There's nothing like a jaunty babershop quartet to break the news that you might be at risk for a heart condition that causes strokes.
Atrial fibrillation (AF) is a common condition for people over 55 that causes the heart to beat too quickly and puts folks at an increased risk of stroke. Some 350,000 Canadians suffer from it, though many don't know it.
That could change with the help four singing men in bright red vests and bow ties, who croon such lyrics as, "Well hello my dear, your son sent us here so we could break the iiiiice, 'cause there's condition, atrial fibrillation, could appear at your age in liiiiife."
The lyrics on the YouTube videos, part of a campaign by pharmaceutical company Boehringer Ingelheim, are somewhat customizable.
The video can be from a son or a daughter, and make reference to their parents living long to enjoy their sports, movies, art, books or music.
The quartet always ends off by encouraging the recipient to check out the website StrokeAndAF.ca to learn about the condition and talk to their doctors.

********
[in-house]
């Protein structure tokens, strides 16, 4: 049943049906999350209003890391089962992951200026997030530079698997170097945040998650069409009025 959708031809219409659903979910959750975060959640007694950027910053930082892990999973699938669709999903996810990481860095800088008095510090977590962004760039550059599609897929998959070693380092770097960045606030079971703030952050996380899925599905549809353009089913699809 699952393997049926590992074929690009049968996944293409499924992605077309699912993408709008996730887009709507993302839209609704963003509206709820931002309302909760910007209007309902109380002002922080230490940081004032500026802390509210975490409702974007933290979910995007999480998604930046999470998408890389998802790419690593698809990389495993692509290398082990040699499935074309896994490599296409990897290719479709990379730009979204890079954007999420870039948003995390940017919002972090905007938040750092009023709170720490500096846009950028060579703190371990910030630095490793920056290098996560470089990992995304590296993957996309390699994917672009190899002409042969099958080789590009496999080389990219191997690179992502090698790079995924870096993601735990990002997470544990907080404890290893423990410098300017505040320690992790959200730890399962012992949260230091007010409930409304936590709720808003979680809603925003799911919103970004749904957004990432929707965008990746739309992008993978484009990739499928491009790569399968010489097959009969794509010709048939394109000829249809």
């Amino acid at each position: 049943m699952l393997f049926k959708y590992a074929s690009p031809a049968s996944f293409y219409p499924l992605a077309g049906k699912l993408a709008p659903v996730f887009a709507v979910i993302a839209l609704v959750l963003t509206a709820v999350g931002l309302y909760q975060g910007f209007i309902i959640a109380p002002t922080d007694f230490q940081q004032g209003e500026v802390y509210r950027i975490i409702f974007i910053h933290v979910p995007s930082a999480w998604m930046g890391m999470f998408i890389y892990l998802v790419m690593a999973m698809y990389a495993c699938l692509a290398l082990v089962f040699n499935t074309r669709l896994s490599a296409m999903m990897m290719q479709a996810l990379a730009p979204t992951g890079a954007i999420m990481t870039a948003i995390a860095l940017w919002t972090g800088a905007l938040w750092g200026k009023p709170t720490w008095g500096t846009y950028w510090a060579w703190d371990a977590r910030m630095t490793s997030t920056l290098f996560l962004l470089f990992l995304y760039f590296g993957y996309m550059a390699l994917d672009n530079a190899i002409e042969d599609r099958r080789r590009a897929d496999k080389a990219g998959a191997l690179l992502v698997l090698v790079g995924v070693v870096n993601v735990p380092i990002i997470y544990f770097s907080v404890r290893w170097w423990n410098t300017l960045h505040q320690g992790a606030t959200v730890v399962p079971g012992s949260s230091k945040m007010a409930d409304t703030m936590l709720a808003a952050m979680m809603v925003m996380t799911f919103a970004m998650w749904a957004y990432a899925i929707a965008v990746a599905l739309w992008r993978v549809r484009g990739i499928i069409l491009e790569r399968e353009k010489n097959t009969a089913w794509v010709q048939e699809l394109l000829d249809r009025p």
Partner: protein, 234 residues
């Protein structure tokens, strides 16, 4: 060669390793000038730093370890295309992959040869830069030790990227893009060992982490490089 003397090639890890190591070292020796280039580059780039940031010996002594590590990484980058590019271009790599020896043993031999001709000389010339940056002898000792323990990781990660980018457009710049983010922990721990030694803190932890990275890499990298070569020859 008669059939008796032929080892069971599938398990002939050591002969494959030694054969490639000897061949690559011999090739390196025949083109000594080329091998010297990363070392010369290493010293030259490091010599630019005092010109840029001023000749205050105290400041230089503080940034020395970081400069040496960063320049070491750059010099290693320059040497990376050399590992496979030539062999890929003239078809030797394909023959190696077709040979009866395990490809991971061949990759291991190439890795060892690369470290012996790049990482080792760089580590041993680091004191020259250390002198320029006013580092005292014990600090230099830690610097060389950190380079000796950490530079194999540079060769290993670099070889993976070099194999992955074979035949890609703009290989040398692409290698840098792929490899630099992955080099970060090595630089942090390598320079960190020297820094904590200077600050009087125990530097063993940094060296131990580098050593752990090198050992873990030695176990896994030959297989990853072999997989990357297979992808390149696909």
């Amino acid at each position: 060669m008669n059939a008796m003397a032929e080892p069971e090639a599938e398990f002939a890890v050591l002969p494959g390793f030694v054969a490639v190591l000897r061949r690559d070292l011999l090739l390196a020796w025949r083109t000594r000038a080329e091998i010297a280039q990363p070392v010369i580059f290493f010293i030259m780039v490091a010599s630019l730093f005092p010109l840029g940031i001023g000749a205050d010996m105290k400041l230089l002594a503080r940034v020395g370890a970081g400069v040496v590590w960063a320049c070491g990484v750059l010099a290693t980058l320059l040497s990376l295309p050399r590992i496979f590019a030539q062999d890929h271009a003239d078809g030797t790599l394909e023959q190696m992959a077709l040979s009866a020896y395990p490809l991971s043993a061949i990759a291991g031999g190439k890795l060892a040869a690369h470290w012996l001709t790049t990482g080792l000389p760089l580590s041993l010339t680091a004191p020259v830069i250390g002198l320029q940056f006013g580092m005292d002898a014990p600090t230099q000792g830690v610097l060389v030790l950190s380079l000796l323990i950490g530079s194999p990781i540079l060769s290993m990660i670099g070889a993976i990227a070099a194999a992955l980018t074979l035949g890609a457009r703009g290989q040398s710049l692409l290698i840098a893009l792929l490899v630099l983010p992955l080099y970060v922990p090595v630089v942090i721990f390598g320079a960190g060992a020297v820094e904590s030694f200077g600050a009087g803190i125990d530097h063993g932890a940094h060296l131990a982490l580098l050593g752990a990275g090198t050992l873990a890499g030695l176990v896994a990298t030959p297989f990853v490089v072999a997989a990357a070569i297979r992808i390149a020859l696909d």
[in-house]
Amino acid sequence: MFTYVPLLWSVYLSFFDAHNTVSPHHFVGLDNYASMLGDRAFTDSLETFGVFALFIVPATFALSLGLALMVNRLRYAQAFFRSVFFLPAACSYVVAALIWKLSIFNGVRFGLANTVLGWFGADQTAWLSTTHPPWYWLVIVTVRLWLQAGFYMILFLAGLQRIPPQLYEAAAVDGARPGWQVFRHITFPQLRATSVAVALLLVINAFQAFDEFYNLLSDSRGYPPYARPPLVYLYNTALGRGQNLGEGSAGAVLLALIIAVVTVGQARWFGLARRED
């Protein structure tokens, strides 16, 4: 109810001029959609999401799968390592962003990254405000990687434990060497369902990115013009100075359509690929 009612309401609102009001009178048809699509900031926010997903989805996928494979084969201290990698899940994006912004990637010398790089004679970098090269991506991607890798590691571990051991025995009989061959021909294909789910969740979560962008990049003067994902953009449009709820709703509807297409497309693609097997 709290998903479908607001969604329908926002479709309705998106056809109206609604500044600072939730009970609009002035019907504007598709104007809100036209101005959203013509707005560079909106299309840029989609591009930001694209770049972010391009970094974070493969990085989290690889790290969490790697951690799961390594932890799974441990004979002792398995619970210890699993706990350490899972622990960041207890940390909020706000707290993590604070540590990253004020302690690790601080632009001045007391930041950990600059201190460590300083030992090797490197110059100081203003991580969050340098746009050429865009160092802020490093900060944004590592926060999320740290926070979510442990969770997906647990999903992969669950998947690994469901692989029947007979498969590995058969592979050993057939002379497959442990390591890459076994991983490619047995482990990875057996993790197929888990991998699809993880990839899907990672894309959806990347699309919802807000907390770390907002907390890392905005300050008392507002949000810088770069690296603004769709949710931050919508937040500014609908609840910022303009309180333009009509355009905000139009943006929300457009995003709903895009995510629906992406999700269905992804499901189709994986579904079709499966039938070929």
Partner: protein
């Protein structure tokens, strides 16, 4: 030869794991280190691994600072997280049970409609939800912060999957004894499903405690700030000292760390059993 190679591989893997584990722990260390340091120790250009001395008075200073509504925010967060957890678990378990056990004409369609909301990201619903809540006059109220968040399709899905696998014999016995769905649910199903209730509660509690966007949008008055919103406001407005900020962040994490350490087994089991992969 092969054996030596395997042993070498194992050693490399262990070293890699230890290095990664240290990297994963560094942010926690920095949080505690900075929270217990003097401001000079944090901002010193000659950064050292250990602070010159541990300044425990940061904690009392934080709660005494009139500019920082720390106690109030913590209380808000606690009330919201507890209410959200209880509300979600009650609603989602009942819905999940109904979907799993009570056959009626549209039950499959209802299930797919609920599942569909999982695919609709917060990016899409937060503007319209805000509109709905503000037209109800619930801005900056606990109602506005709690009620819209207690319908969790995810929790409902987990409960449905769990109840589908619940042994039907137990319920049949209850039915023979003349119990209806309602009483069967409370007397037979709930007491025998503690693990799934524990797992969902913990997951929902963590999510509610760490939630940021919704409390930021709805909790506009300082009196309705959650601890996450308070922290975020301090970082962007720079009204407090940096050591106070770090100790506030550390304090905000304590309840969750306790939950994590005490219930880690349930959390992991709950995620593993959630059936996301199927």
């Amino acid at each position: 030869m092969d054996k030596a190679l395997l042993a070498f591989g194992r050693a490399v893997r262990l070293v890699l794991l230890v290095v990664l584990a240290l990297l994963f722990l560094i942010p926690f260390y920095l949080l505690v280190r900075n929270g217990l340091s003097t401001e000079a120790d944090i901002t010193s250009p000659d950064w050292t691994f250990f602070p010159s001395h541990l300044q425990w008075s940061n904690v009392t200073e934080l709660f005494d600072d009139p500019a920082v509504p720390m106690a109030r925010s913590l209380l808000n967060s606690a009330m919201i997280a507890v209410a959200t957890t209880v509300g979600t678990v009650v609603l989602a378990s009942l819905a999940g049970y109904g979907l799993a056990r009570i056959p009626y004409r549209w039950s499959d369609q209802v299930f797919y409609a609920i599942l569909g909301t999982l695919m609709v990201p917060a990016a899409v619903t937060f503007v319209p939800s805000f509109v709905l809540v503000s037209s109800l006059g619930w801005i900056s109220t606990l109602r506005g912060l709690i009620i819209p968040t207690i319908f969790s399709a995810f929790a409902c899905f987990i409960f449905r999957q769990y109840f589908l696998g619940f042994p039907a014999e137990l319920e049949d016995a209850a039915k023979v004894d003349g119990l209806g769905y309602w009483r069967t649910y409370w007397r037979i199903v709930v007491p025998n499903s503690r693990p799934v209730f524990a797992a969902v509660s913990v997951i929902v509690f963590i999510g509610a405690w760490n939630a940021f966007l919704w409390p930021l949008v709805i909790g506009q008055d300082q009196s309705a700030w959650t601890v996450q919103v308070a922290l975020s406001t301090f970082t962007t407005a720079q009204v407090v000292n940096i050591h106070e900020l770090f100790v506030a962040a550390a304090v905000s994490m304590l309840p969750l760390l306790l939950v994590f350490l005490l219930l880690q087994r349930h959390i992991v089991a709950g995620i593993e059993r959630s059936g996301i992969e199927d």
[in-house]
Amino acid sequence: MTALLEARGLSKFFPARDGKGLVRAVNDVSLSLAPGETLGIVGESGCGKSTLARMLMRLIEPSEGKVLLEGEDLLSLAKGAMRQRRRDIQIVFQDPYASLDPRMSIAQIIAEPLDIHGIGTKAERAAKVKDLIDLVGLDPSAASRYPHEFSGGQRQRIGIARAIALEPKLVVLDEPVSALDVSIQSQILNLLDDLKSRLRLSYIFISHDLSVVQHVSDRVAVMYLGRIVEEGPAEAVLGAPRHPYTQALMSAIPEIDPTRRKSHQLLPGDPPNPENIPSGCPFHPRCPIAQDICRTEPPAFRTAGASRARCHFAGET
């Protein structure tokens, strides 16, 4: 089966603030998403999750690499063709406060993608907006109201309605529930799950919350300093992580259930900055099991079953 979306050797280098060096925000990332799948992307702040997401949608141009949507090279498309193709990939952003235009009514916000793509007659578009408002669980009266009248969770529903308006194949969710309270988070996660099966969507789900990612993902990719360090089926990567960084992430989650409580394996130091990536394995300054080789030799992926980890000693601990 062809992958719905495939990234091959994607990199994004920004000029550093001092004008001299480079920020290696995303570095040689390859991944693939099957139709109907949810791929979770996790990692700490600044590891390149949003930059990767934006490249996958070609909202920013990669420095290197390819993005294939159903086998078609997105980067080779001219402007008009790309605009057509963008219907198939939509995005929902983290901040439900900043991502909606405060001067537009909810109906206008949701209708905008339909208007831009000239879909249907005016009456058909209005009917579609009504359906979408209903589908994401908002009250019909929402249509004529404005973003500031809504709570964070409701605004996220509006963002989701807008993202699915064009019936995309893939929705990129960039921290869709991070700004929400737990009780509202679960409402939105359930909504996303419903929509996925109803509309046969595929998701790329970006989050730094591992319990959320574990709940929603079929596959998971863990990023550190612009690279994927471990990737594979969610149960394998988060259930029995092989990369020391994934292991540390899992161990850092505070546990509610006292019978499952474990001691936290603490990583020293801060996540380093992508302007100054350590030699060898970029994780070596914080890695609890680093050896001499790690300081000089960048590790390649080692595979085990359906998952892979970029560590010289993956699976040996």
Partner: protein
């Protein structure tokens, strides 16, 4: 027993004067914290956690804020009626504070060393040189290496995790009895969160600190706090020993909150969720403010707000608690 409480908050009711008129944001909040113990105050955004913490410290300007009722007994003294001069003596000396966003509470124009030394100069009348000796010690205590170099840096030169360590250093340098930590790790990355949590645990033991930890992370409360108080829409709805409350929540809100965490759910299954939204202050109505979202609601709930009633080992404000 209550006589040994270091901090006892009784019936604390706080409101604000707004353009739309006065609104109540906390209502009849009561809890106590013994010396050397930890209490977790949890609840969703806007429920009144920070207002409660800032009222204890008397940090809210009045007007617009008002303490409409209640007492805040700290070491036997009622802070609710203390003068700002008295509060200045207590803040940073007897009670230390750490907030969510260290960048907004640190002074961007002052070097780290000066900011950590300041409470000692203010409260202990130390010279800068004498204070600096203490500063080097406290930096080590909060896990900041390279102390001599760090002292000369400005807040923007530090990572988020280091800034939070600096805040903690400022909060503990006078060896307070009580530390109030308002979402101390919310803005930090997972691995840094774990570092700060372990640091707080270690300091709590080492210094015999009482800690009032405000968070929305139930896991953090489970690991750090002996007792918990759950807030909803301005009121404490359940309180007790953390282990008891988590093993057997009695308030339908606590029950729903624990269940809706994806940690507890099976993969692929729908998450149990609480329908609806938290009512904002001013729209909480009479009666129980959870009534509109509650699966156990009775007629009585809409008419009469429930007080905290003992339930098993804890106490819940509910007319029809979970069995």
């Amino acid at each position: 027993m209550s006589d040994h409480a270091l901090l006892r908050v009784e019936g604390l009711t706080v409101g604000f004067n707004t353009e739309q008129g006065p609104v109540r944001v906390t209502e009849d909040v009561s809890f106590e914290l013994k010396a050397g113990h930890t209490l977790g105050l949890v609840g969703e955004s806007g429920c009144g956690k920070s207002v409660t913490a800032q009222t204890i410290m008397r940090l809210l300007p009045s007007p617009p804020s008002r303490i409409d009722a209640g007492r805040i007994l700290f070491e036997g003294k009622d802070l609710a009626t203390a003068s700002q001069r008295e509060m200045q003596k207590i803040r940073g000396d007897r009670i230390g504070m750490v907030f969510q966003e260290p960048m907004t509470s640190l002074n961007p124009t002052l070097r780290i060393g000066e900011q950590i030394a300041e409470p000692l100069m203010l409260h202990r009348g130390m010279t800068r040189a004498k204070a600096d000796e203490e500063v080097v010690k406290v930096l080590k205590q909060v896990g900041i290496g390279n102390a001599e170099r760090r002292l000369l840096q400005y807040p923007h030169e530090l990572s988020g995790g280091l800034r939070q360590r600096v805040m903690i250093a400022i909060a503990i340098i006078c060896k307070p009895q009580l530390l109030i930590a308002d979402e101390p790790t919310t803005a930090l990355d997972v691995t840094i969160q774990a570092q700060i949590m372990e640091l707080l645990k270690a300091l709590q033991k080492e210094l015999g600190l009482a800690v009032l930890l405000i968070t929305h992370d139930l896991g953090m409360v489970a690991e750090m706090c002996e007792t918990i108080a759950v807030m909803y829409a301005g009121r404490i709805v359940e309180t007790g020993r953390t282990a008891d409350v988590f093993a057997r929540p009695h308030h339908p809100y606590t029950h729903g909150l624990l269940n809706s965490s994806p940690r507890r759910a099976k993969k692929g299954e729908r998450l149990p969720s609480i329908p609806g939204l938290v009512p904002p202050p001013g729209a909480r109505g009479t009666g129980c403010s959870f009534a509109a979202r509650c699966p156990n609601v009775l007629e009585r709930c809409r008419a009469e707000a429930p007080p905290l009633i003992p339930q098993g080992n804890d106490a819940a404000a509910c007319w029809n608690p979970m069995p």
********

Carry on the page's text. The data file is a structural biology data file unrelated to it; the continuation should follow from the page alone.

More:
A Leger Marketing poll connected to the campaign found that 60% of Canadian adults who live with their parents avoid talking to them about health issues.
Asked which illness would cause the most strain if their parents were diagnosed with it, 47% said stroke, second only to cancer. Yet, 54% had never heard of AF, which makes a person three to five times more likely to have a stroke.
"Strokes, including those related to AF, can be devastating for the individual and for their family and friends," Ian Joiner of the Heart and Stroke Foundation said in a press release.
"It's important to get Canadians talking about AF. The more people know about AF and its link to stroke, the greater chance there is of people taking action and lowering their risk."